The 2013 Human Writes Conference was a friendly affair as many familiar faces filled the conference room and people shared stories, ideas and news about what was happening in their states. The day started with a fond welcome to Human Writes regular Pablo Stewart, a physician with a speciality in clinical and forensic psychiatry. He provided an update on his almost exclusive death penalty work and explained the different phases of the judicial system. More recently he has been focusing on post-conviction work. One of his recent projects had involved an inspection and evaluation of the prison conditions on California’s death row. Efforts are being made to improve the conditions on death row and a mental health programme has now been implemented in California. Pablo explained the categories of mental health problems he has encountered and the lack of professionals who undertake defence work. On a more uplifting note he provided examples of cases where his involvement, amongst other factors, assisted in achieving a positive result for the defendant.
Pablo emphasised the importance of letter writing and how prisoners he meets on many of the death rows speak so enthusiastically about their Human Writes penfriends. He gave individual examples of this from both Oklahoma and Texas.
Our second speakers were Mark Pizzey and Laura Shacham from One.For.Ten (www.oneforten.com). They spoke about their project, a series of short five minute films, which can be found on their website, focusing on innocence and death. In April and May they had undertaken a five-week road trip covering seventeen states and interviewed ten death row exonerees. A startling statistic they highlighted was that for every ten persons executed since 1973 there has been one prisoner exonerated, which is a reflection on the unacceptable failure rate and how people are incarcerated without hope. Their next project is to be the making of a feature-length documentary investigating the criminal justice system through the lens of the death penalty.
The morning session of the conference was concluded with state group forums.
Our main speaker of the day was Shujaa Graham, who began our afternoon programme. Shujaa had spent five years on California’s death row for the murder of a prison guard, before being totally acquitted. He was a captivating speaker whose raw emotions were present in every word. He told us that his experience on death row was the worst time of his entire life. Shujaa described how he had initially felt humiliated and angry but how, when he regained his strength, he was able to stand up for prisoners and campaign for better treatment. He spoke of the depth of mental pain he suffered and the despair he had felt. He spoke of his time in isolation - 'a cell within a cell' - where the only way to determine the time of day was by when the meals were served. Shujaa spoke of the relief of being placed back on death row following his time in isolation and he likened it to being back on the streets where others were happy to see you and passed you food.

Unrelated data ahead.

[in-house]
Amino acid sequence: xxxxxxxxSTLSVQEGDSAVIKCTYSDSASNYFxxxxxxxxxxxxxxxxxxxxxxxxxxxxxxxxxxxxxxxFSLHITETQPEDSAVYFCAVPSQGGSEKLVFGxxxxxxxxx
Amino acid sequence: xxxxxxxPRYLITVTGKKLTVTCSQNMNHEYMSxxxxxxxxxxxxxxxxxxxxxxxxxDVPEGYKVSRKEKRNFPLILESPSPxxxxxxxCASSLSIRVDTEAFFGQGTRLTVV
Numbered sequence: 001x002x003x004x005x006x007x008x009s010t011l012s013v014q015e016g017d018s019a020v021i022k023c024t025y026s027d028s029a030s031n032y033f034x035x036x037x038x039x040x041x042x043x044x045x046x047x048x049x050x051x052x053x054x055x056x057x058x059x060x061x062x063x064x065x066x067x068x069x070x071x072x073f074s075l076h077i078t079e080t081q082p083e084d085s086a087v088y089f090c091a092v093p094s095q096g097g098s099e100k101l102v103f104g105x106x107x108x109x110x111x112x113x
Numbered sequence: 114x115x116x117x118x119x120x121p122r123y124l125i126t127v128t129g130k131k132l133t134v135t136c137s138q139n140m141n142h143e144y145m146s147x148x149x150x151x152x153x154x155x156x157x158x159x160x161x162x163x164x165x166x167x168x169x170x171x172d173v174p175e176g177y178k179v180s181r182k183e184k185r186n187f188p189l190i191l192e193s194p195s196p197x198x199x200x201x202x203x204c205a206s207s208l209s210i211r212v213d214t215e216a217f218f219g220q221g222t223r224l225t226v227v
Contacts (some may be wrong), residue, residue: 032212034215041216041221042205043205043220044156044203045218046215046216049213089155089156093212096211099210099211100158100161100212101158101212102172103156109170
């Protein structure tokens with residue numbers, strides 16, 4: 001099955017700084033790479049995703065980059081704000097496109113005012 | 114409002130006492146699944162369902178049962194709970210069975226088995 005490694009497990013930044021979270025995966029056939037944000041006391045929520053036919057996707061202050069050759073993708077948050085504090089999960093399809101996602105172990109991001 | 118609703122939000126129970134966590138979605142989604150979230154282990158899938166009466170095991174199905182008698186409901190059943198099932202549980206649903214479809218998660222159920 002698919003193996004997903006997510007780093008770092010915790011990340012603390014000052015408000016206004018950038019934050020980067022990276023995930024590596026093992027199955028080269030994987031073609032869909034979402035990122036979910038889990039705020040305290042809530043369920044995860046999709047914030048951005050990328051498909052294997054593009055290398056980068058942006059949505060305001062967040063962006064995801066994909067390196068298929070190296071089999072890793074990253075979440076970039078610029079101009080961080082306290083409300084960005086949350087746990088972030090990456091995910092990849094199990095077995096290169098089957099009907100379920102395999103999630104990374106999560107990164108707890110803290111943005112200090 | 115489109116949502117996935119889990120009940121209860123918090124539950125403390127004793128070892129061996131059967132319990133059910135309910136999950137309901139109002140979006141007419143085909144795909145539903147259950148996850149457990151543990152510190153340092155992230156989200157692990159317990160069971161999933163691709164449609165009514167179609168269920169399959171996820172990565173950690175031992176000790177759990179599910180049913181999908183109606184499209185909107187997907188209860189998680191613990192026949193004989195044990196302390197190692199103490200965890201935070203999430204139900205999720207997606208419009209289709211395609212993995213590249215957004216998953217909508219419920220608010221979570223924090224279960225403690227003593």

Shujaa spoke of the emotions he went through following his release, his immense relief at being free coupled with deep sadness having left so many behind, still incarcerated. He fondly spoke of the strength his partner, Phyllis Prentice, gave him on his worst days and that her belief in him reminded him of his commitment to prisoners and death row issues.
Shujaa spoke of the importance of receiving a letter and how as mail call time approached each day the prison wings would quieten in anticipation. He explained how he and his fellow prisoners could always tell when somebody got a letter and when somebody didn’t. He likened the receipt of mail to 'freedom' and spoke of how prisoners would share some of their letters with those who hadn't received one. He said it was a wonderful feeling to know that he existed and somebody knew about him and how letters provide hope that there is going to be a better day.
Phyllis then addressed the conference and spoke about how she met Shujaa in the county jail where she had been working as a nurse. They formed a friendship which eventually led to her resigning from her job and joining his defence team. Phyllis spoke of the medical challenges faced in prisons and how many prisoners go undiagnosed with so many conditions. She too emphasised the importance to the prisoners of receiving letters and what a difference they make to our friends.
The afternoon saw a conference tradition; the lighting of two candles. The first to remember death row friends who are no longer with us and those who are still incarcerated; a second candle is always lit for the victims of crime and those whose lives they touched.
The day concluded with a brief update by Sue Fenwick of the organisation's activities during the past year, followed by thanks to all our speakers, to Sonya Woodsend and Cath Casburn for organising another inspirational conference, and to all Human Writes office holders who do so much throughout the year. Finally and most important of all, a sincere thanks was expressed to all Human Writes members, as it is through their commitment to the organisation that we are able to offer friendship to so many on death row.
Report by Caroline Hayward